U.S. Base Oil Price Report


With crude shooting over$70 per barrel, players apprehensive about base oil price hikes had their suspicions confirmed this week. All naphthenic producers announced increases of up to 25 cents per gallon, and Flint Hills Resources raised its paraffinic postings by 10 cents to 15 cents per gallon.

Effective yesterday, Aug. 4, Flint Hills Resources increased its postings for 70 and 75HC grades by 15 cents/gal; 100 and 230HC rose 10 cents/gal; and 600HC climbed 15 cents/gal. Flint Hills markets half of the output of the 21,900 barrel per day API Group II Excel Paralubes refinery in Westlake, La. ConocoPhillips markets the other half of the refinerys base oil production.

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A few sources speculated that the Flint Hills increase was more a catch-up from the previous round of price changes. There were no other reports of paraffinic price changes yesterday.

On the pale oil side, Ergon is increasing all its naphthenic prices by 20 cents to 25 cents/gal, effective Friday, Aug. 14. Ergon has about 16,000 b/d of pale oil capacity at its Vicksburg, Miss., plant, where a major upgrade is nearing completion.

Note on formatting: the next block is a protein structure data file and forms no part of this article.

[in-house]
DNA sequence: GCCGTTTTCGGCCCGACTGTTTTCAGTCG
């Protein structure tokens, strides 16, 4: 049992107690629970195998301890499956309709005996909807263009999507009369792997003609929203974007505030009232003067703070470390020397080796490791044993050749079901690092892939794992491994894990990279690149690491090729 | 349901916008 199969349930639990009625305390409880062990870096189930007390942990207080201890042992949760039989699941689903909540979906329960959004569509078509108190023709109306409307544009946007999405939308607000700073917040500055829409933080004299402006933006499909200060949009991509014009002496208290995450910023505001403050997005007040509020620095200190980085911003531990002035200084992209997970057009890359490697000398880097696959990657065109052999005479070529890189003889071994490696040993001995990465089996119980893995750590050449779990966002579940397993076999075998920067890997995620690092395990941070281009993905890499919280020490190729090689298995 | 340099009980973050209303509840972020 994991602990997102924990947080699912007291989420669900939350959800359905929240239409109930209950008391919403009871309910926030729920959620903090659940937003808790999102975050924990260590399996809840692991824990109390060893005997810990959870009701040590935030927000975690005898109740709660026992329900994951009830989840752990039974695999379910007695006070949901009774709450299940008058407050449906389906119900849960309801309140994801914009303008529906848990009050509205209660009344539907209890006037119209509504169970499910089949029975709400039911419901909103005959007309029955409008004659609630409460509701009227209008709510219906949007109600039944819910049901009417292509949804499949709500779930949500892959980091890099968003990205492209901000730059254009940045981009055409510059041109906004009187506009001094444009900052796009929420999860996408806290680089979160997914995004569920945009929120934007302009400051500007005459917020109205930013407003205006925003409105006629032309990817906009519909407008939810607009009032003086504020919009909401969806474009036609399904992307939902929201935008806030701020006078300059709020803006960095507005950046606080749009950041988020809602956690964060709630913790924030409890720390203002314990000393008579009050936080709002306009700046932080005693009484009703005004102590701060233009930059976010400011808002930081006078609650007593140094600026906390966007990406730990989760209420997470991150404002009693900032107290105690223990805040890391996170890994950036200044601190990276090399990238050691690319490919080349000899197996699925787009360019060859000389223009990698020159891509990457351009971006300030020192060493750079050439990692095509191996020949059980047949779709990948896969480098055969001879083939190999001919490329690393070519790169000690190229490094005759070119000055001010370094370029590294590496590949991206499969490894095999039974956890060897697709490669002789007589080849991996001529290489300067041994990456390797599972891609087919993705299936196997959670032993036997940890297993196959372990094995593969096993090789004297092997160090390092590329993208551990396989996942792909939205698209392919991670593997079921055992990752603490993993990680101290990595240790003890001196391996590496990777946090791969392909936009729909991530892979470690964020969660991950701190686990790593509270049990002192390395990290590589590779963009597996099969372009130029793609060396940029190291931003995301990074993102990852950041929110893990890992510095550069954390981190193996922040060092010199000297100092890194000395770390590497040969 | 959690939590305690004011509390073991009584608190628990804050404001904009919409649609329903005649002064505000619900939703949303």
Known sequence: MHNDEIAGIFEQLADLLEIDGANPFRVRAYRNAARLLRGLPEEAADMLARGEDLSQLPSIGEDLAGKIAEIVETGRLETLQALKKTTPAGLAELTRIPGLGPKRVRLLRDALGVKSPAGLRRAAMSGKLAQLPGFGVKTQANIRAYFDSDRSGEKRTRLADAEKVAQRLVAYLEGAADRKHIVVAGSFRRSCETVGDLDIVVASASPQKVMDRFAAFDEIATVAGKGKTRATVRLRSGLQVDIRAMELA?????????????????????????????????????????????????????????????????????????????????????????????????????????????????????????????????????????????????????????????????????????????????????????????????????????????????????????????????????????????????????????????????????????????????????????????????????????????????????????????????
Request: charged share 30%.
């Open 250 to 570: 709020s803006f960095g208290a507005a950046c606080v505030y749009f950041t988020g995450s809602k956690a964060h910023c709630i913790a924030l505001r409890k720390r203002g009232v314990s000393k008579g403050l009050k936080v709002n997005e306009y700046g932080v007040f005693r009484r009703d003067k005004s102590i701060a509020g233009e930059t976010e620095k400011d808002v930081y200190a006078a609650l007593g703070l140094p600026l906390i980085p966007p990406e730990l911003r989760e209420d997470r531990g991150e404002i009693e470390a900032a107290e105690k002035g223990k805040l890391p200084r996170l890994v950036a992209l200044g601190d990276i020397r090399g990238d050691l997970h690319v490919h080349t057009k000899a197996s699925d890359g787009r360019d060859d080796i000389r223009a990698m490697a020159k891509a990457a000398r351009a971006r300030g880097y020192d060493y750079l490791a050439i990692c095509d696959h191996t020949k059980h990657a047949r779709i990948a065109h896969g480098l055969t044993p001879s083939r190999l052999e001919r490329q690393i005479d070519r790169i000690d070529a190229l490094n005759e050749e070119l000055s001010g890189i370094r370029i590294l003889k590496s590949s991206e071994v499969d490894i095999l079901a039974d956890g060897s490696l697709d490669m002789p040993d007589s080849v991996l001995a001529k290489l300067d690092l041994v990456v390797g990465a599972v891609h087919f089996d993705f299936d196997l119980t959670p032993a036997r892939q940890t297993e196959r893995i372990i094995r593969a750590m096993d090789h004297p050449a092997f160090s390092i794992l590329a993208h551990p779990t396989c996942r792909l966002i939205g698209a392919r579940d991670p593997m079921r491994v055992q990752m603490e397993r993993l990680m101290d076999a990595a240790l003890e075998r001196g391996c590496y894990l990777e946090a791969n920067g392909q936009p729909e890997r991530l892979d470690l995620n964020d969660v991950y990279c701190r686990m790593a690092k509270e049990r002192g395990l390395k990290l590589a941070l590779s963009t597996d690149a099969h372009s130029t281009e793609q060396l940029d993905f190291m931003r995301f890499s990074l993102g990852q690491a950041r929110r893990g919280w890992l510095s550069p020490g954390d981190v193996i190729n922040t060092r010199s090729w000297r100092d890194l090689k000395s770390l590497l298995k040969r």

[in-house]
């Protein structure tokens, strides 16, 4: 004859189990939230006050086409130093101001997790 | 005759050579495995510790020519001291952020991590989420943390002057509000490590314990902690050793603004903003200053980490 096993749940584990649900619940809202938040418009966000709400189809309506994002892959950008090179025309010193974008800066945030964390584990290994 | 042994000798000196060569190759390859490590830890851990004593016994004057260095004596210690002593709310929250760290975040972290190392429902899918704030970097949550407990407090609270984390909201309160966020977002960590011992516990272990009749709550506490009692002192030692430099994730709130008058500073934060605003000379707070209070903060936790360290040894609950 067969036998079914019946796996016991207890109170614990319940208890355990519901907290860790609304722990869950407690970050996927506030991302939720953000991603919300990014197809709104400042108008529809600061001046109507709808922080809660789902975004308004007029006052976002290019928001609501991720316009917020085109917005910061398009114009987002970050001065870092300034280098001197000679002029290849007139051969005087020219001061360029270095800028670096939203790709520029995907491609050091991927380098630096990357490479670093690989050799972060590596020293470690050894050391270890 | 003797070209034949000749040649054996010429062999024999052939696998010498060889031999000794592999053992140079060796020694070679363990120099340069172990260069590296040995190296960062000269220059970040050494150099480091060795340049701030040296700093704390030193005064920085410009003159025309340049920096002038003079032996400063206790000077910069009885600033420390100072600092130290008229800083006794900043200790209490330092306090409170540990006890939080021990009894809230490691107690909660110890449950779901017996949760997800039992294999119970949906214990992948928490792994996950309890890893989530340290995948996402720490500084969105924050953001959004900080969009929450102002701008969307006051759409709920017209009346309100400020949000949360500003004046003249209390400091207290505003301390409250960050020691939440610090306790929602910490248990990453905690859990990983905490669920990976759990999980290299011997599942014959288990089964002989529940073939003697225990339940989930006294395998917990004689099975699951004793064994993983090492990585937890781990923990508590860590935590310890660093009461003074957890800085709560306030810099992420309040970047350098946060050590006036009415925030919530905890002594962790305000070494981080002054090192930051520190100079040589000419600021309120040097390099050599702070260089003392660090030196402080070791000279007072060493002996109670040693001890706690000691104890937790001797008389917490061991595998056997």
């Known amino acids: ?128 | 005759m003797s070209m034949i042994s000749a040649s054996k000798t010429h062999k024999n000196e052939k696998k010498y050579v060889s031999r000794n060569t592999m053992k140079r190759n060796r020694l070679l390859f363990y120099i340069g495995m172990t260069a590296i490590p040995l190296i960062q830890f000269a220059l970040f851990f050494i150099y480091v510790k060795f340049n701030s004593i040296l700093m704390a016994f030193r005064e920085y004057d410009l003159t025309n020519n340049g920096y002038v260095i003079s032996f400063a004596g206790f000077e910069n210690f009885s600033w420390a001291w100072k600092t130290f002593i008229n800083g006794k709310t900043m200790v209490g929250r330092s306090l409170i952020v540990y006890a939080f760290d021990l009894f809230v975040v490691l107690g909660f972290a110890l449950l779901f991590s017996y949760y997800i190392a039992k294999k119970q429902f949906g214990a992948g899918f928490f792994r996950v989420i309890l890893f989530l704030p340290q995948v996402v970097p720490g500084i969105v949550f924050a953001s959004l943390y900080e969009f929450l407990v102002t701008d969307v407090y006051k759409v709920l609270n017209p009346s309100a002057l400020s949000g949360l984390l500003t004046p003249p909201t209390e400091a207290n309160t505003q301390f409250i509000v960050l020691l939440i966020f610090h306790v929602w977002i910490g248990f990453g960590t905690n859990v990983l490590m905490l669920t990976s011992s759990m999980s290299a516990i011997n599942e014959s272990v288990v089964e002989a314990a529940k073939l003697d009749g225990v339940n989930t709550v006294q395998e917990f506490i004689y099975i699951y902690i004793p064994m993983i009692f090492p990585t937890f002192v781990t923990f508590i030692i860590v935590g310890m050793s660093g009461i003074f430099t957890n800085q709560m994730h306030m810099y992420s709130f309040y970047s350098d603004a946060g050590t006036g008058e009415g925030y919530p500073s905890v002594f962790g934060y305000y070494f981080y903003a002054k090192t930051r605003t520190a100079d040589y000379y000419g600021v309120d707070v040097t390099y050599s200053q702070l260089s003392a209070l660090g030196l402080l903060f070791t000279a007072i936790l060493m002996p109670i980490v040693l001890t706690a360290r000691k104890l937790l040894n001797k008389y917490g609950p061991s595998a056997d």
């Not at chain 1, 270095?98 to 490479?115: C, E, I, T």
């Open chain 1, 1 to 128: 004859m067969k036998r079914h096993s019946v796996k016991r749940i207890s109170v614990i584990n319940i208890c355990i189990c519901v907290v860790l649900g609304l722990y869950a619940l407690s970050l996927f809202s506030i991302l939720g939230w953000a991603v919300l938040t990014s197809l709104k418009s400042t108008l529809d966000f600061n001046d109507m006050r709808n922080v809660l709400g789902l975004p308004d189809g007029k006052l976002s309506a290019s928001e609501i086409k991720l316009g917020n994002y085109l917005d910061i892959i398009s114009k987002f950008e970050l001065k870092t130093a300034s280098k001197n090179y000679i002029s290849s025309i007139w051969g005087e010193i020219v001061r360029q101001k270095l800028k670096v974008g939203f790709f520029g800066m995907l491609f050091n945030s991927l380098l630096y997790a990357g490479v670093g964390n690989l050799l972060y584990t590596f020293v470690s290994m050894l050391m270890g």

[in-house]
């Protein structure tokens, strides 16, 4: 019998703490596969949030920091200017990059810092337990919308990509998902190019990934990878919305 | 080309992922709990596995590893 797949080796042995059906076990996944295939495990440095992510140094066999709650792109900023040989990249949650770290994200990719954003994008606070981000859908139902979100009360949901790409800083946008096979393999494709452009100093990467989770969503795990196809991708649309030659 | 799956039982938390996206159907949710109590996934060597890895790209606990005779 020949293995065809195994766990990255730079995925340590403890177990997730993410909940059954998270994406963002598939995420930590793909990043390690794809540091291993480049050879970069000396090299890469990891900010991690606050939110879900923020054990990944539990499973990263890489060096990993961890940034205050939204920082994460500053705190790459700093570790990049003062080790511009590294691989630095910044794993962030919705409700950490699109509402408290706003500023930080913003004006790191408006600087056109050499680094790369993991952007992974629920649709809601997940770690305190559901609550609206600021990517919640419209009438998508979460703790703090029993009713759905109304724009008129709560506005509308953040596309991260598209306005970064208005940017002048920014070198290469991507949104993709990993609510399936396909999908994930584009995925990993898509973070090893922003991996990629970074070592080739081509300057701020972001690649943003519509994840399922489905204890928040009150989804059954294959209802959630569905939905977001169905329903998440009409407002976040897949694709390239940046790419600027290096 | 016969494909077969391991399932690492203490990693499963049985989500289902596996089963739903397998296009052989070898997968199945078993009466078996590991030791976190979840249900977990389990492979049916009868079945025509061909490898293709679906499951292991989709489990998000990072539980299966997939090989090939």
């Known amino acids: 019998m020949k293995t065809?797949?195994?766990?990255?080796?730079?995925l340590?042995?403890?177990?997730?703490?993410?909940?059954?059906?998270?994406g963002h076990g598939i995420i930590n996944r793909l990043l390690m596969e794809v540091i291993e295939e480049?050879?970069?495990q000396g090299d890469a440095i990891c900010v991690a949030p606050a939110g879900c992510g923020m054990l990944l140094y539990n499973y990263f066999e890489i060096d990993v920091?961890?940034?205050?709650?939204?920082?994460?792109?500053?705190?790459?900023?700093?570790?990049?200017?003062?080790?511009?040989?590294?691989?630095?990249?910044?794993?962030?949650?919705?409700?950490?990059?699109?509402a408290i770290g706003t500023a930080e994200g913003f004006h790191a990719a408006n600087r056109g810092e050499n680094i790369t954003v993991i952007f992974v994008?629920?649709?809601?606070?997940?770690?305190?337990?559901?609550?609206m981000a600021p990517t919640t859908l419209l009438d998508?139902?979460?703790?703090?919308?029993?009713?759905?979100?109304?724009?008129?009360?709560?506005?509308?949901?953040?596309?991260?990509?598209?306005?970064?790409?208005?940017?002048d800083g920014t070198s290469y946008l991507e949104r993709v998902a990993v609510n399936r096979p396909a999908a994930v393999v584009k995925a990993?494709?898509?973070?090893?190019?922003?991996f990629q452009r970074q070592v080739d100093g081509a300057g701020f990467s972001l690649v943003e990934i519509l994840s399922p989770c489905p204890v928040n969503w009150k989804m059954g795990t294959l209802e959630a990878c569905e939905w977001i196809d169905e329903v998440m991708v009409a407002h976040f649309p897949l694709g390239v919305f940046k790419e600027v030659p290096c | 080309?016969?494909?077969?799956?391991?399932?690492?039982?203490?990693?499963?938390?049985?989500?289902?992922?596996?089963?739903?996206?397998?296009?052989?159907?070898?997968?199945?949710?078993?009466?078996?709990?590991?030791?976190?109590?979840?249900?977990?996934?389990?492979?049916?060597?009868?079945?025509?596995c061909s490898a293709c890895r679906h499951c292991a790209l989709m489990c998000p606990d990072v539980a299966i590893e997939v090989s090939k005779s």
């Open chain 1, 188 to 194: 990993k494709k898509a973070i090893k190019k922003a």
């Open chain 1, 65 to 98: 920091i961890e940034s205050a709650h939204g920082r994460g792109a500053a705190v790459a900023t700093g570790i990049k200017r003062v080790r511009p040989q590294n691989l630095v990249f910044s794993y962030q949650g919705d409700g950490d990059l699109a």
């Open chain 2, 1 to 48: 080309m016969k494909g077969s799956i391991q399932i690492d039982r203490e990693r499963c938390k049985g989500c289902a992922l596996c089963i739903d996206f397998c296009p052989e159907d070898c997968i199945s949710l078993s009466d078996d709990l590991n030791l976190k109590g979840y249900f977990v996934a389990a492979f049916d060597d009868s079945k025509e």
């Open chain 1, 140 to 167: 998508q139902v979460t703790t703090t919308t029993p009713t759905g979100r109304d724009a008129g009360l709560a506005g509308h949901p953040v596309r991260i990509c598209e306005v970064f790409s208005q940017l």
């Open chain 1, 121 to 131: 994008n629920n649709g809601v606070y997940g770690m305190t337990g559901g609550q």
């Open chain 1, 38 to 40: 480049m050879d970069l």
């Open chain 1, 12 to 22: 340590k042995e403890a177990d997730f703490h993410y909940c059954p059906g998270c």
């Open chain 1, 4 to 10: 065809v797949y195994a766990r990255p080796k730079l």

Nynas also announced an across-the-board increase of 20 cents to 25 cents/gal on all naphthenic oils, effective Aug. 14. Nynas markets Lyondells 3,600 b/d Houston production and Valeros 2,400 b/d Three Rivers, Texas, output.

San Joaquin Refining said it will be equalizing prices across the board and removing any remaining discounts, resulting in changes ranging from plus-10 [cents] to plus-25 [cents/gal] effective Aug. 13. Capacity at San Joaquins Bakersfield, Calif., naphthenic refinery is 8,100 b/d.

Calumet, with 7,000 b/d of naphthenic production, most at its Princeton, La., plant, and Cross Oil, with 5,000 b/d in Smackover, Ark., both indicated plans to follow Ergons move, effective next week. Neither company had a specific effective date as of yesterday.

None of the naphthenic producers provided details on which grades would increase by specific amounts.

A few buyers are shopping for heavy neutrals, but they continue to find it difficult to source large volumes, and price indications are stiffer than buyers want to pay, sources said.

The upstream market has been very fickle. Crude prices have been swinging in a $3 to $6 per barrel range daily. Oil and energy prices are trying to find a trend, but fundamentals are difficult to assess, energy experts say.

At the close of the Tuesday, Aug. 4, NYMEX session, light sweet crude futures ended the day at $71.42 per barrel, a gain of $4.19 compared to the week earlier settlement at $67.23/bbl.

Historic U.S. posted base oil prices and WTI and Brent crude spot prices are available for purchase in Excel format.

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